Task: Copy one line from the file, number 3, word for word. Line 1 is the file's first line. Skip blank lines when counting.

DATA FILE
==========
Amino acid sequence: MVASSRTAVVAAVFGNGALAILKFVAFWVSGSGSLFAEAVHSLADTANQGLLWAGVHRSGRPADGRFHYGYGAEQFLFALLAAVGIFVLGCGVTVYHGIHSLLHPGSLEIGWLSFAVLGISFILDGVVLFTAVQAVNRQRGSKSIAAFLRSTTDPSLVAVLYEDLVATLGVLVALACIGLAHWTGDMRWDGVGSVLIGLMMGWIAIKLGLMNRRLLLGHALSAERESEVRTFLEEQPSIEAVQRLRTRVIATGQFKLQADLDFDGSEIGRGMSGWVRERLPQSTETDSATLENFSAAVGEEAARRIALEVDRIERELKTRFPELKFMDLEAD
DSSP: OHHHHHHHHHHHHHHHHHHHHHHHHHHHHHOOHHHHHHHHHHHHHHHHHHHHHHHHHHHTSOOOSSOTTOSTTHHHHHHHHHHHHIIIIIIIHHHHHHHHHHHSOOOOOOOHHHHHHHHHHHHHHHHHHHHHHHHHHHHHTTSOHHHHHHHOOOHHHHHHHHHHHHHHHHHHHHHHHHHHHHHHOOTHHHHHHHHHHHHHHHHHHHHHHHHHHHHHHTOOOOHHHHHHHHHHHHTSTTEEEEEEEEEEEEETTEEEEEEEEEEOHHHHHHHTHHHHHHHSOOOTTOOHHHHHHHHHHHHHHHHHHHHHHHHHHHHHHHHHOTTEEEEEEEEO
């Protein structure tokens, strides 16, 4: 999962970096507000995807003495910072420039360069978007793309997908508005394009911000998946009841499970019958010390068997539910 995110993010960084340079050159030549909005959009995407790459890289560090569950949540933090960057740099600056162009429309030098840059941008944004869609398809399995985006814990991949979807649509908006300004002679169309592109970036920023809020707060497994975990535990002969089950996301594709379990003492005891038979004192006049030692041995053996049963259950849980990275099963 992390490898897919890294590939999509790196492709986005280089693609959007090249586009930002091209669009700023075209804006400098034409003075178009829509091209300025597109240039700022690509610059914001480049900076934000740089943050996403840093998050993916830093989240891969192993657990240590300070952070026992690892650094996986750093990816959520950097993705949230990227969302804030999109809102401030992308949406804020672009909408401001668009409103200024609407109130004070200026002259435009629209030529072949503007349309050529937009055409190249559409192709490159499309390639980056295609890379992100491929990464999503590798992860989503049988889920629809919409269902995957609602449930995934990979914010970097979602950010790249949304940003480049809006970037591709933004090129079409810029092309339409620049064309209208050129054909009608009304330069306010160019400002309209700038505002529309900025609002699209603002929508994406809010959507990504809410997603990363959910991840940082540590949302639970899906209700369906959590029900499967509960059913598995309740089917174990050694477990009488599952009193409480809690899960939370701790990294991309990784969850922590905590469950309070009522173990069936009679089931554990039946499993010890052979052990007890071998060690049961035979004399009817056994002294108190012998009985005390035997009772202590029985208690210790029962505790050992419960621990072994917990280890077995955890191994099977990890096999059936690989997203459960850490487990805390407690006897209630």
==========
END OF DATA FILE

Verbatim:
């Protein structure tokens, strides 16, 4: 999962970096507000995807003495910072420039360069978007793309997908508005394009911000998946009841499970019958010390068997539910 995110993010960084340079050159030549909005959009995407790459890289560090569950949540933090960057740099600056162009429309030098840059941008944004869609398809399995985006814990991949979807649509908006300004002679169309592109970036920023809020707060497994975990535990002969089950996301594709379990003492005891038979004192006049030692041995053996049963259950849980990275099963 992390490898897919890294590939999509790196492709986005280089693609959007090249586009930002091209669009700023075209804006400098034409003075178009829509091209300025597109240039700022690509610059914001480049900076934000740089943050996403840093998050993916830093989240891969192993657990240590300070952070026992690892650094996986750093990816959520950097993705949230990227969302804030999109809102401030992308949406804020672009909408401001668009409103200024609407109130004070200026002259435009629209030529072949503007349309050529937009055409190249559409192709490159499309390639980056295609890379992100491929990464999503590798992860989503049988889920629809919409269902995957609602449930995934990979914010970097979602950010790249949304940003480049809006970037591709933004090129079409810029092309339409620049064309209208050129054909009608009304330069306010160019400002309209700038505002529309900025609002699209603002929508994406809010959507990504809410997603990363959910991840940082540590949302639970899906209700369906959590029900499967509960059913598995309740089917174990050694477990009488599952009193409480809690899960939370701790990294991309990784969850922590905590469950309070009522173990069936009679089931554990039946499993010890052979052990007890071998060690049961035979004399009817056994002294108190012998009985005390035997009772202590029985208690210790029962505790050992419960621990072994917990280890077995955890191994099977990890096999059936690989997203459960850490487990805390407690006897209630």